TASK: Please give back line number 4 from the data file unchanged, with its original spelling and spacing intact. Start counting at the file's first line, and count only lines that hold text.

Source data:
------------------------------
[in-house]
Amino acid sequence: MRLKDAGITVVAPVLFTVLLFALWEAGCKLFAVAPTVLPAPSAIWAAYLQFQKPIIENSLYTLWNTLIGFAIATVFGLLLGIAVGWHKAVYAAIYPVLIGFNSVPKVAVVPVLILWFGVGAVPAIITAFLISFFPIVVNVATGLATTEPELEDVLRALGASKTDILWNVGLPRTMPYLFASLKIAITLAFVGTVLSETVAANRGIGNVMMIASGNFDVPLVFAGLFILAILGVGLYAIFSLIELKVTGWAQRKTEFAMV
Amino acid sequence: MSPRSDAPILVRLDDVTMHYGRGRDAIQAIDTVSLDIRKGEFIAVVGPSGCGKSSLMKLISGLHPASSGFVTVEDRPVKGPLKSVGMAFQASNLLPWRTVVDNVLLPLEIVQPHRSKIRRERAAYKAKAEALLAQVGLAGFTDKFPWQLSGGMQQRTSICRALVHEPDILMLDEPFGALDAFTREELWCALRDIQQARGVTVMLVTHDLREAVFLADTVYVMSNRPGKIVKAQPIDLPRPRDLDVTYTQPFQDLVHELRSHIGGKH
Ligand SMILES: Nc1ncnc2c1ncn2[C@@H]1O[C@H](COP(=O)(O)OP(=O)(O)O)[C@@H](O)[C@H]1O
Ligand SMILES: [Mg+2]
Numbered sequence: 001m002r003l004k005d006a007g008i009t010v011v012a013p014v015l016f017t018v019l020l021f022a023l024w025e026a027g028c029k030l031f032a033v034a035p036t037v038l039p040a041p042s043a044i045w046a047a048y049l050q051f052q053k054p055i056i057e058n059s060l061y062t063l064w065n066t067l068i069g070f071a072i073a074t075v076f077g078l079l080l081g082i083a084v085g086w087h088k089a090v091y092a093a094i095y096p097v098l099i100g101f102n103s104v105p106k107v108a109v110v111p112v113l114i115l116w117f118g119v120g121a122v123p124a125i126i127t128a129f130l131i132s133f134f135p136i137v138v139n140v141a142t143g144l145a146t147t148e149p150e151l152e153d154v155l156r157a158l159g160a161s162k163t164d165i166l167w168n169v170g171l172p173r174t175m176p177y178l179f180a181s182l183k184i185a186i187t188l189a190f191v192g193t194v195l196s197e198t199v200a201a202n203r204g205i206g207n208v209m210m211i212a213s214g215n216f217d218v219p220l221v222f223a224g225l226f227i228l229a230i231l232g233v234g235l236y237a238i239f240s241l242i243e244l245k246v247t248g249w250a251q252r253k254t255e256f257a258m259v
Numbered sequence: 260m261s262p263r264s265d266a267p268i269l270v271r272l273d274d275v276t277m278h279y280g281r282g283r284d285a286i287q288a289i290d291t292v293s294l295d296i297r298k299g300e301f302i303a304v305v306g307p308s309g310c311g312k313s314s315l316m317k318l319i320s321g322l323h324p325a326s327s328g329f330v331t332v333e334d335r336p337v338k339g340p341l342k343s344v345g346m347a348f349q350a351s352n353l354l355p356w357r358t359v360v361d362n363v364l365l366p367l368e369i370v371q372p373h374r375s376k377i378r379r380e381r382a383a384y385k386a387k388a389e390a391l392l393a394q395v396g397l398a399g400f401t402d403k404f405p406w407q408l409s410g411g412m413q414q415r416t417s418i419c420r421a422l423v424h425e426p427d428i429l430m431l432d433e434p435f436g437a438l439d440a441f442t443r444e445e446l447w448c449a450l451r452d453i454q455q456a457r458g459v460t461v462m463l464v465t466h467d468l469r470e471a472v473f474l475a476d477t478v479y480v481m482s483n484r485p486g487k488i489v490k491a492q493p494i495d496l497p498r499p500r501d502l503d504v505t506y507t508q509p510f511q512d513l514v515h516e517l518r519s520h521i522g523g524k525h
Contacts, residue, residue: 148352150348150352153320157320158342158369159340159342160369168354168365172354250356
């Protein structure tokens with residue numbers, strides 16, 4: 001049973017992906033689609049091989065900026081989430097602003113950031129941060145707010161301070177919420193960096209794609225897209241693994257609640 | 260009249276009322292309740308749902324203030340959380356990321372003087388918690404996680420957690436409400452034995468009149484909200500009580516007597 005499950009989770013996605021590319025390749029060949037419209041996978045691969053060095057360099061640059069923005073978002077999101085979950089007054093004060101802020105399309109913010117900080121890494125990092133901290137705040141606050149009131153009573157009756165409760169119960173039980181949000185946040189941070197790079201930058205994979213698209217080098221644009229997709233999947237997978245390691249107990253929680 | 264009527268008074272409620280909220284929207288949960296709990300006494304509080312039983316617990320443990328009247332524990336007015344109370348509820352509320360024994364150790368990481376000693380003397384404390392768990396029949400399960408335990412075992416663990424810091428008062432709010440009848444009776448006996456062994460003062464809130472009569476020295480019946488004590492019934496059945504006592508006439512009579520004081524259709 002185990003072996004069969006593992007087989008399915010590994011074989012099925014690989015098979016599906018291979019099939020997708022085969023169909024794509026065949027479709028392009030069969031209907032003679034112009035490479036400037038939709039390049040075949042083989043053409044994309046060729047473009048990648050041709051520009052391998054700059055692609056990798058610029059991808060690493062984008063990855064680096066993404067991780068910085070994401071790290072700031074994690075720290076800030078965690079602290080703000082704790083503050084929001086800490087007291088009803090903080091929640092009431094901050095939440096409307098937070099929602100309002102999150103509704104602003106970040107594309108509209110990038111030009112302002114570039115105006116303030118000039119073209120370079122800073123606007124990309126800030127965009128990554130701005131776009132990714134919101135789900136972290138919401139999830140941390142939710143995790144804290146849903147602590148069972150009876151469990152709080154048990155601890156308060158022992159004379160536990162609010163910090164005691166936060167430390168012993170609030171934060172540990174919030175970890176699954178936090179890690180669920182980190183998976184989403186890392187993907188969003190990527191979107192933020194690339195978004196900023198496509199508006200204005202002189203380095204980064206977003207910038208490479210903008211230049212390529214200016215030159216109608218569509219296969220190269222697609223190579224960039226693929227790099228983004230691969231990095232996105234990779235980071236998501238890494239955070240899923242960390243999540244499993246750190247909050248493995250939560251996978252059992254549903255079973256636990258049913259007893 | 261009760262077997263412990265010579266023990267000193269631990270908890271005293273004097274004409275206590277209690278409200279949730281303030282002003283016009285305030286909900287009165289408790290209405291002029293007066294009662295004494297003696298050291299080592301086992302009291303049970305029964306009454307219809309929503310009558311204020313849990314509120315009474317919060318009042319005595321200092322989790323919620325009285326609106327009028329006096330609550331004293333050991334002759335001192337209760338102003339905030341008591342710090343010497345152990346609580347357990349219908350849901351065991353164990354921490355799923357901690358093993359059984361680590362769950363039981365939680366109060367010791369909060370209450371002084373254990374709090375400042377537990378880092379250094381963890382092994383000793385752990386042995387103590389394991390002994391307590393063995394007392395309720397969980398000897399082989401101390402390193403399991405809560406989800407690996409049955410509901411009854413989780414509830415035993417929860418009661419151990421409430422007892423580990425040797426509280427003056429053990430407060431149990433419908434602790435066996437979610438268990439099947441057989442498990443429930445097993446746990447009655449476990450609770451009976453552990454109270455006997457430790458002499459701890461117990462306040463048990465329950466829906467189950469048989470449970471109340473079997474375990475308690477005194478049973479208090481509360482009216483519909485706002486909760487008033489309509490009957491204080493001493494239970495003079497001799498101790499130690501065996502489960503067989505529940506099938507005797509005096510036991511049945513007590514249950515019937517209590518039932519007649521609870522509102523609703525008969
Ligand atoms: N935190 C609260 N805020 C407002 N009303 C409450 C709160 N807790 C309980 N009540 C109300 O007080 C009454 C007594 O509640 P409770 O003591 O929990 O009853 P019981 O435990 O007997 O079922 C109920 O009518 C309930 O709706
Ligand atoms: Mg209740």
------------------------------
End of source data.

Ligand SMILES: Nc1ncnc2c1ncn2[C@@H]1O[C@H](COP(=O)(O)OP(=O)(O)O)[C@@H](O)[C@H]1O